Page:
Students / Postdocs
MAC Mentoring Keynote
9:00 am-10:15 am
Winston Anderson, Professor, Howard University
This talk will focus on diversity in biomedical research and professional development.
Grant Writing Seminar (Full)
10:30 am–2:00 pm
This seminar addresses writing grants for the United States National Institutes of Health.
This workshop (geared toward postdocs and junior faculty) will address both practical and conceptual aspects that are important to the proposal-writing process. Participants will be taught to write with a linear progression of logic, which leads reviewers through their applications. Audience questions and participation are encouraged. This workshop is jointly sponsored by the MAC and the Education Committee.
MAC Session for Undergraduate and Graduate Students
10:30 am-12:30 pm
Panel Presentation (geared toward undergraduate and graduate students)
New Challenges and Old Obstacles 101
Moderator - Deborah Harmon Hines, University of Massachusetts Medical School
Anthony DePass, University of Long Island
Lino Gonzalez, Genentech, Inc.
Michelle Juarez, University of California, San Diego
This presentation (geared toward undergraduate and graduate students) is aimed at motivating students to maximize and take proprietorship of their graduate school experiences by highlighting the trials and tribulations underlying the various stages of the academic pipeline. Distinguished panelists at different stages of their academic careers (postdoc, assistant professor, full professor and alternative science career professional) will share their experiences. This panel is sponsored by the MAC.
12:30 pm-2:30 pm
Note: By invitation only; for U.S. and international postdocs and graduate students.
Postdoc/Student Town Hall with Council Meeting
10:00 am-11:00 am
Join all ASCB Council members to discuss issues of importance to young scientists. This is a great way to get more involved in the Society! This event will be held in the Marriott Marquis Hotel Club Room (55 4th Street – less than two blocks from the Moscone Center).
Graduate School Fair
12:30 pm-2:30 pm
All undergraduate students are invited to attend this informal event to learn about U.S. and international graduate cell biology programs. Departments and schools can register here.
2:30 pm-3:30 pm
Being Interested in What You Don’t Know Ensures That You Will Always Have a Goal
Enrique M. De La Cruz, Yale University
In this presentation geared toward undergraduates, De La Cruz will discuss how his training and interest in the biophysics of cytoskeleton filaments and motor proteins have led to current work investigating enzymes involved in phospholipid metabolism and platelet aggregation. He will emphasize strategies for staying motivated, including interdisciplinary research and scientific collaboration. He will also communicate general principles associated with pursuing a professional research career, focusing on lessons he learned throughout his. Time will be allotted for Q&A.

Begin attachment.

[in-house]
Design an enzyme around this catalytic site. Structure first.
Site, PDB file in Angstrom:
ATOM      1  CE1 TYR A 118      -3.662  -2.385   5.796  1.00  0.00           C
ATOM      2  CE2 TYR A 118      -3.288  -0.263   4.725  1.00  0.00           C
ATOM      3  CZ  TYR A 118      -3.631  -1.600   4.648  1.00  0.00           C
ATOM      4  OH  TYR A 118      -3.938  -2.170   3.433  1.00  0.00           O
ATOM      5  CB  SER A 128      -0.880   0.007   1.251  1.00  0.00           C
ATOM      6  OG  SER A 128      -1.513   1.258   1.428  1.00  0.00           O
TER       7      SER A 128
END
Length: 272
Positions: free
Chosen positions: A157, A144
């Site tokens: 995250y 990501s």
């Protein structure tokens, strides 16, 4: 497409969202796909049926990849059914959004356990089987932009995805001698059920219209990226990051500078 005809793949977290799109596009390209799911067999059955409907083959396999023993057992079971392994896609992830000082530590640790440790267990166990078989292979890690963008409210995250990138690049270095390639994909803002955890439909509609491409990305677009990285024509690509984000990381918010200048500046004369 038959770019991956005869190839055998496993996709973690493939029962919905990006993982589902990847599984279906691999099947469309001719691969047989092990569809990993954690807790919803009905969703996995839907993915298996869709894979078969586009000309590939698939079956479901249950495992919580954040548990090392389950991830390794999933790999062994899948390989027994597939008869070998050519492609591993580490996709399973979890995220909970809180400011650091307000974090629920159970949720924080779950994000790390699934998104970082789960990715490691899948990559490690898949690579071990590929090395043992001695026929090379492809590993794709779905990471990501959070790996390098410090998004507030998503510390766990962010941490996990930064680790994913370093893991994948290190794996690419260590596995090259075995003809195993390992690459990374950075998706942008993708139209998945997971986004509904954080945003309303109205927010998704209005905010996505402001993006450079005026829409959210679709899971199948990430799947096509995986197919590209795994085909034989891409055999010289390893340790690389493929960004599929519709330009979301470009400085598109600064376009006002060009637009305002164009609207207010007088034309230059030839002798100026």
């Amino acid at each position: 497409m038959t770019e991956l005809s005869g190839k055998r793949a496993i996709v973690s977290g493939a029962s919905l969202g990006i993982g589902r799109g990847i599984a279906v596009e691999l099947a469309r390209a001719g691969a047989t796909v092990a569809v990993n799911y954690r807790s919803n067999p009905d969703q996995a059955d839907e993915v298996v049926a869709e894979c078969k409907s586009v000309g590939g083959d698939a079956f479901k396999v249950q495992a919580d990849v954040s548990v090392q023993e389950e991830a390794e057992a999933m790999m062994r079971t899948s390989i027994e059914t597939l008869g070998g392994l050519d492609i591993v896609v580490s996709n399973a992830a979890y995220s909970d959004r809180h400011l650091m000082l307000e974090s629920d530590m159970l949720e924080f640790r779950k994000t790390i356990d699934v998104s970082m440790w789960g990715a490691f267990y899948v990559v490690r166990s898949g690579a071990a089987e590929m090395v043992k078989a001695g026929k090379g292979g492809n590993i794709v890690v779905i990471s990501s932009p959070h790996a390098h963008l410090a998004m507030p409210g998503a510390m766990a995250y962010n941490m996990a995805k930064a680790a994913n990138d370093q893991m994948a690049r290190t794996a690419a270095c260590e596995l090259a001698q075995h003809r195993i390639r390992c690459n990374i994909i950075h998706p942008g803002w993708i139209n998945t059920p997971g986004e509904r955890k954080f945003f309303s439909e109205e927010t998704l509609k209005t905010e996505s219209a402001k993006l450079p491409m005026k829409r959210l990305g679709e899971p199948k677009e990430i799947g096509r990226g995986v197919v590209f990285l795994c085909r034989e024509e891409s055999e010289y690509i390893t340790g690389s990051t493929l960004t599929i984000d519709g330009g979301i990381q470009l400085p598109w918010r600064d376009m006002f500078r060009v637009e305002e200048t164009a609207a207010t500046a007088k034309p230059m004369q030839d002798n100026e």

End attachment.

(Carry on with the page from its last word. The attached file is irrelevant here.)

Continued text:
Poster Session/Competition and Reception
3:30 pm-5:30 pm
This session allows students to practice presenting their posters before their main poster presentation in the Exhibit Hall. This poster session is also a judged competition, and the winners will receive cash awards. Undergraduate students who submit an abstract by October 17 will be invited (via email later in the year) to take part. Attendees who receive travel awards from the Minorities Affairs Committee are required to take part in the competition; it is optional for other undergraduate students.
Getting out of the Box: Transitioning to a Career away from the Bench
10:00 am-12:00 Noon
Are you a graduate student, postdoc, or early career scientist and interested in working outside of traditional academic research? If so, come hear panelists representing careers in biotechnology, academic administration, science writing, and policy discuss their professions and offer career advice. Time will be allotted for Q&A and breakout sessions where panelists will offer advice on tailoring a CV, interviewing, networking, and marketing toward a given career path.
Panelists will include Sheryl Denker, Senior Program Advisor, BayBio Institute; Rachel Henderson, Program Coordinator, Biology Scholars Program, University of California, Berkeley; Ellen Kats, Office of Innovation, Technology, and Alliances, University of California, San Francisco; Dharia McGrew, California Science and Technology Fellow; and Shannon Weiman, Science Writer.
High School Program
2:00 pm-3:00 pm
From Silent Spring to Silent Night: A Tale of Toads and Men
Tyrone Hayes, University of California, Berkeley
More than 80,000 synthetic chemicals are in the environment today. Recently, scientists have observed that many synthetic chemicals act as “endocrine disrupters” and affect hormones. Even low doses of endocrine disrupters in the environment can dramatically affect wildlife. For example, the herbicide atrazine turns male frogs into females.
There is increasing concern about the effect of endocrine disrupters on human health, especially on the developing fetus. Did you know that humans are exposed to more than 300 synthetic chemicals before we are even born? We must use this emerging science to encourage policies that are more protective of environmental and human health.
Open Forum sponsored by the Subcommittee on Professional Training
10:00 am-11:00 am
Come discuss issues with other postdocs, graduate students, and early-career scientists.